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This question already has an answer here:

I need more space on my root partition running Ubuntu 17 (using Xfce session).
I do have a lot of unallocated space BEFORE.
However, when I try to resize root partition - /dev/sdb2 , I can't add/remove a MiB...

Is this even possible?

If so, can it somehow be done from the live system or do I have to use live CD/USB?

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There is really just Ubuntu and Xcfe session, LUBUNTU_SYSTEM is just an old label :)

marked as duplicate by user68186, Eric Carvalho, David Foerster, vidarlo, muru Feb 8 '18 at 6:07

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    You cannot resize a mounted partition so you have to use a live session. Then you can first move your / partition to the beginning of your disk and then resize. I would recommend a backup before any operation on the partitions - one never knows ... – muclux Feb 2 '18 at 17:28
  • @muclux will the system and booting remain untouched? :) – jave.web Feb 2 '18 at 18:01
  • Well, as I said, better backup before. But normally all should go well, if you pay attention at what you are doing. Boot from Live DVD/USB, call gparted, move /dev/sdb2 to create an unallocated space behind it, and then resize /dev/sdb2. Don't mount your disk partitions during this operation. – muclux Feb 2 '18 at 18:16
  • @muclux Thank you, booting a linux live USB (Lubuntu Try Mode) and using GParted worked :) ... I think that I have read somewhere that in newer versions you can resize/move even when in the live system - is it impossible in this case because it is not just expanding to the right but also moving to the left? – jave.web Feb 2 '18 at 19:36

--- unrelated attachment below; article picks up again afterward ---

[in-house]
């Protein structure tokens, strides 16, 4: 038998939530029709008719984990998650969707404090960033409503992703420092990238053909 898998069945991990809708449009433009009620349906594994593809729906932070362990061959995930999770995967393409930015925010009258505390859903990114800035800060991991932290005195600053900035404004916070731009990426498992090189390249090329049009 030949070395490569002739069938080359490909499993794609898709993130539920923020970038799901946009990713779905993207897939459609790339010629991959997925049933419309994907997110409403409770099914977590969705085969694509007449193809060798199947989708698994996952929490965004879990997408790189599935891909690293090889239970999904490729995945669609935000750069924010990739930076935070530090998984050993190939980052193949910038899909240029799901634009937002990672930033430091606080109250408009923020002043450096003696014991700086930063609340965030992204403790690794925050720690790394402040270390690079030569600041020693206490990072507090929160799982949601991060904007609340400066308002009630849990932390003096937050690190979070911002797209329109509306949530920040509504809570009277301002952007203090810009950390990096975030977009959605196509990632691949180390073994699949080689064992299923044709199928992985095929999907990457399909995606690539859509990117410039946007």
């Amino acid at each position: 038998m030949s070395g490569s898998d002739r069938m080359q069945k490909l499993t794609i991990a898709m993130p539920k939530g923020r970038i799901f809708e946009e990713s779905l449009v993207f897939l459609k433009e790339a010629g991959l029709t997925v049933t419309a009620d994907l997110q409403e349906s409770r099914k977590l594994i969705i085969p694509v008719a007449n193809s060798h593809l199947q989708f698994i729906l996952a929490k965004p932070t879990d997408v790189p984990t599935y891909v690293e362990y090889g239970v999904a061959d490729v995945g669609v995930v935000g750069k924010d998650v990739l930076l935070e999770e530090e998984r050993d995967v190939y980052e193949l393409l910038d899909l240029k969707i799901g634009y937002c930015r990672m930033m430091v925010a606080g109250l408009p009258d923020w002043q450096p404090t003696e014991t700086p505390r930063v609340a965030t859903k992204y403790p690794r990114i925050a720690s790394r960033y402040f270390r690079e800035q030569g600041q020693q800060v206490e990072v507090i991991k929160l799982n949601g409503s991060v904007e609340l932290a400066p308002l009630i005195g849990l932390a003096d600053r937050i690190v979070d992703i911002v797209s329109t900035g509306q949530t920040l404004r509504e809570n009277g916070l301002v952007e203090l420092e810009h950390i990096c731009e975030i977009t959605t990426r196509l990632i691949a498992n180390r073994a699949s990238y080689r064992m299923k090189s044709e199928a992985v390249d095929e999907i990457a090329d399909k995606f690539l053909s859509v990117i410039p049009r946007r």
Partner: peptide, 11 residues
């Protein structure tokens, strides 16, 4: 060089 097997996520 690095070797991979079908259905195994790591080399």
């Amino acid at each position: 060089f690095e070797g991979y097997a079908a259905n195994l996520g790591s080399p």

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    You can only grow to the right while it is mounted. Moving requires it to be unmounted. BTRFS can even shrink while it is mounted ;) – psusi Feb 2 '18 at 19:37
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A partition can only be resized by modifying its end. Therefore first, you have to move the / partition to the beginning of the drive, gaining some free space after the moved / partition. Then you can grow the / partition which will be done by changing its end block number to a bigger number.

These actions can both be made through GParted, called from a live system on an USB or a DVD, but not from the current system where the partition is currently mounted.

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